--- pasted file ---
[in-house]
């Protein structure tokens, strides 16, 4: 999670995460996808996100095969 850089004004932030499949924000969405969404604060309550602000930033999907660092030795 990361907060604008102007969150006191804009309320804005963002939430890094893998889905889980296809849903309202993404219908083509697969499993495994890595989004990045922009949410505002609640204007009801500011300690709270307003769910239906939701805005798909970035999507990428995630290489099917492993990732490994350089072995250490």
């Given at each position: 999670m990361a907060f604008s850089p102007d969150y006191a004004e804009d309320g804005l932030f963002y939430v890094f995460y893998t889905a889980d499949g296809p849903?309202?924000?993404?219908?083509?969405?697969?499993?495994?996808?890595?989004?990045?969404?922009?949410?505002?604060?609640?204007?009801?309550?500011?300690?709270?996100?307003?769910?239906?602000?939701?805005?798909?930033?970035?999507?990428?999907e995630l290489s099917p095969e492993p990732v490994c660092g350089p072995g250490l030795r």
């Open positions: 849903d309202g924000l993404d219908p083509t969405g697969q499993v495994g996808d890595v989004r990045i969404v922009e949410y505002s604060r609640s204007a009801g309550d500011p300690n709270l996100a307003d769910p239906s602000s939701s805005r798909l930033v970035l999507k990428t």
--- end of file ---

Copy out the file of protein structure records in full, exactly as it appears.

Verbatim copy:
[in-house]
């Protein structure tokens, strides 16, 4: 999670995460996808996100095969 850089004004932030499949924000969405969404604060309550602000930033999907660092030795 990361907060604008102007969150006191804009309320804005963002939430890094893998889905889980296809849903309202993404219908083509697969499993495994890595989004990045922009949410505002609640204007009801500011300690709270307003769910239906939701805005798909970035999507990428995630290489099917492993990732490994350089072995250490």
């Given at each position: 999670m990361a907060f604008s850089p102007d969150y006191a004004e804009d309320g804005l932030f963002y939430v890094f995460y893998t889905a889980d499949g296809p849903?309202?924000?993404?219908?083509?969405?697969?499993?495994?996808?890595?989004?990045?969404?922009?949410?505002?604060?609640?204007?009801?309550?500011?300690?709270?996100?307003?769910?239906?602000?939701?805005?798909?930033?970035?999507?990428?999907e995630l290489s099917p095969e492993p990732v490994c660092g350089p072995g250490l030795r």
């Open positions: 849903d309202g924000l993404d219908p083509t969405g697969q499993v495994g996808d890595v989004r990045i969404v922009e949410y505002s604060r609640s204007a009801g309550d500011p300690n709270l996100a307003d769910p239906s602000s939701s805005r798909l930033v970035l999507k990428t």